- Small business aid, totaling $325 bil., which includes small business loans, including refreshing the Paycheck Protection Program (PPP). Interestingly, expenses paid with all of these loans (including prior rounds) will now be tax deductible. The employee retention tax credit was also extended through next July.
- Additional medical testing and tracing activities, as well as vaccine distribution, which may reach $50 bil. in total. Also included was a measure to protect patients against ‘surprise’ medical bills, related to out-of-network care.
- Other aid is targeted to education, in grants to states of $80+ bil., and $45 bil. to the transportation sector (a portion to airlines, but also major metro area transportation corridor support), as well as subsidies to agriculture and the deployment of broadband to a wider degree. Interestingly, there is a small addition of $1 bil. to be used towards the border wall with Mexico and other security technology, as well as an added tax break for corporate meal expenses, meant to assist restaurants. (It’s practically impossible for bills to pass without small additions in order to help build support among certain legislators or groups, to ensure the total bill’s passage.)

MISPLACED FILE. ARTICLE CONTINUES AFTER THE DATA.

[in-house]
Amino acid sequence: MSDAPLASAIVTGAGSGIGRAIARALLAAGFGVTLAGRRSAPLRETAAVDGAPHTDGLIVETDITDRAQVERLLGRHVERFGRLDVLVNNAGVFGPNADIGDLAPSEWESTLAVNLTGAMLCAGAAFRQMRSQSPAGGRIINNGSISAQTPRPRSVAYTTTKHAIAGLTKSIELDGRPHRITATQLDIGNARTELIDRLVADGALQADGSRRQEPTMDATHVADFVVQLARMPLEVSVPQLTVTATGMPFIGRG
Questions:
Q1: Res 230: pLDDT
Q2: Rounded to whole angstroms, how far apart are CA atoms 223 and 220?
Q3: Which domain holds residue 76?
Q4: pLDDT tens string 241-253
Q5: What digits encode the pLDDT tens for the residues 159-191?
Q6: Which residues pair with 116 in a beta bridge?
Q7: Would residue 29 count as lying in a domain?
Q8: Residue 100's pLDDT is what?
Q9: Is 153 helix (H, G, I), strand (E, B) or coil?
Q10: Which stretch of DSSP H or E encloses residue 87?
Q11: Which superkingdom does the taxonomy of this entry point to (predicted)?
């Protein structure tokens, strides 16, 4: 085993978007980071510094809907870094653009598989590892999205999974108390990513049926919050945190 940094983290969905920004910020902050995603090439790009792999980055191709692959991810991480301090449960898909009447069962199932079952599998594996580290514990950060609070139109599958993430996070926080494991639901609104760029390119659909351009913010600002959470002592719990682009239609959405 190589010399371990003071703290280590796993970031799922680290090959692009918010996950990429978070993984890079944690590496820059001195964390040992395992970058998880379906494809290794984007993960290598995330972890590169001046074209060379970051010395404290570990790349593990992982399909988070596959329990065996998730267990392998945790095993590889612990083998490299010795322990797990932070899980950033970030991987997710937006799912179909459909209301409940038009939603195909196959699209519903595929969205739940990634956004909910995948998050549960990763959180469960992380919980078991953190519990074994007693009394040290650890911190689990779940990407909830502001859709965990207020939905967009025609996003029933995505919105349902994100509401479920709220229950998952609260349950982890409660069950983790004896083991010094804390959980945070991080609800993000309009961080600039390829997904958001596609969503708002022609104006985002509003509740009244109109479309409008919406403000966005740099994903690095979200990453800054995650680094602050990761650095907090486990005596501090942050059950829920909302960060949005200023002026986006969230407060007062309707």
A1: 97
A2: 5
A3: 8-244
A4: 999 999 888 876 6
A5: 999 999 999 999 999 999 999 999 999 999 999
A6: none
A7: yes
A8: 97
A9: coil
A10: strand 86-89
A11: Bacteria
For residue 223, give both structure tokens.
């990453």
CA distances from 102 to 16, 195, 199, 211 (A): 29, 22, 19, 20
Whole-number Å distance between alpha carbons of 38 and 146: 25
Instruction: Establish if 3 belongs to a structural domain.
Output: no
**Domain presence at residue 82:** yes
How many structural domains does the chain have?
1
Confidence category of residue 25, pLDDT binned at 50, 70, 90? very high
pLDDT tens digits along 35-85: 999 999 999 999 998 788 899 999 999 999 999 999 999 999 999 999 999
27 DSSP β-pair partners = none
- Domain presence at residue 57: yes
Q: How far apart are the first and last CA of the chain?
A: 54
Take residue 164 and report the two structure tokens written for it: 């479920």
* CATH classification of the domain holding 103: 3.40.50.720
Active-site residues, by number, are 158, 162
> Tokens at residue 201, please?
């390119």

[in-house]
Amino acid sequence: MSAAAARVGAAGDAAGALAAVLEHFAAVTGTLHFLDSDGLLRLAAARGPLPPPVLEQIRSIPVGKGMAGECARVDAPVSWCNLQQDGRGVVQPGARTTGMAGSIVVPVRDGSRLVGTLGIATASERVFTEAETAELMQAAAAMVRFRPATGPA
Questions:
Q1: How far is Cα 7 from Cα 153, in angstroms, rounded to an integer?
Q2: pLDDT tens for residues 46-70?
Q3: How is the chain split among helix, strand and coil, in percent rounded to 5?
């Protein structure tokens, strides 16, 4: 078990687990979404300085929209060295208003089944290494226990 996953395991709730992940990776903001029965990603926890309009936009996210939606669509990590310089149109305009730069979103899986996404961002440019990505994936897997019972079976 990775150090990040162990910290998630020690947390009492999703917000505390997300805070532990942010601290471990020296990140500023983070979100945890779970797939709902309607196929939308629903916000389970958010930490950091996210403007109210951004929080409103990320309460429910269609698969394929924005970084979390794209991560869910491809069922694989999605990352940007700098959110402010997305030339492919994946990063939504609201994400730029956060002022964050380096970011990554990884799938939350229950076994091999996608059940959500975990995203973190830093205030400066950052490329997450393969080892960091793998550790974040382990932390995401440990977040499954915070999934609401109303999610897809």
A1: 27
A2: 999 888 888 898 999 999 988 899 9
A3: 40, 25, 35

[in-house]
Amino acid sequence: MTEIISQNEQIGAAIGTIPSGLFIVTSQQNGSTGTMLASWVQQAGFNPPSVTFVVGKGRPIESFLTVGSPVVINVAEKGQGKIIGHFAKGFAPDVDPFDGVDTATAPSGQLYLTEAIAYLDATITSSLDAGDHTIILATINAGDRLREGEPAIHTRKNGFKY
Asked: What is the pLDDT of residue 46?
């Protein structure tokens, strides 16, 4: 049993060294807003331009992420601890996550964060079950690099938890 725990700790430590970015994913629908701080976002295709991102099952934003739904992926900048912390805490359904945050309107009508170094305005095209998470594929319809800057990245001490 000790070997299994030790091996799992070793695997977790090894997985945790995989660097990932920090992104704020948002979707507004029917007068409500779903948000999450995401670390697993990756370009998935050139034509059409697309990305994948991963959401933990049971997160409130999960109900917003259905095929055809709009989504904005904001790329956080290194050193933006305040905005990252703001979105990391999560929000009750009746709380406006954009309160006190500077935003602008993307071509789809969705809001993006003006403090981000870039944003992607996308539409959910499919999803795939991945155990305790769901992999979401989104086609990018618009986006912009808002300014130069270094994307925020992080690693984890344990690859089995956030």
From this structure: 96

- A handful of tax benefits were included, such as preferential calculations for the child care and earned income credits, as well as charitable contributions, which are ‘above the line’ not only for 2020, but also now 2021.
- Apparently, a good deal of earlier CARES Act funds remain unspent, which would have required states and cities to return unused funds by year-end; this bill provides an extension of another year.
The current thinking is that this may be the last direct relief bill related to Covid, although conditions, of course, remain fluid. A surprise win by the Democrats in the Georgia Senate races on Jan. 5 could certainly produce interest in more and broader stimulus efforts in 2021, assuming these are needed. A higher-probability status quo result, of a partial of full Republican win (retaining the Senate majority) could raise the bar far higher for additional funds. The general assumption is that vaccine distribution will reach a wider swath of the American population by Q2 and Q3, rendering more aid less necessary.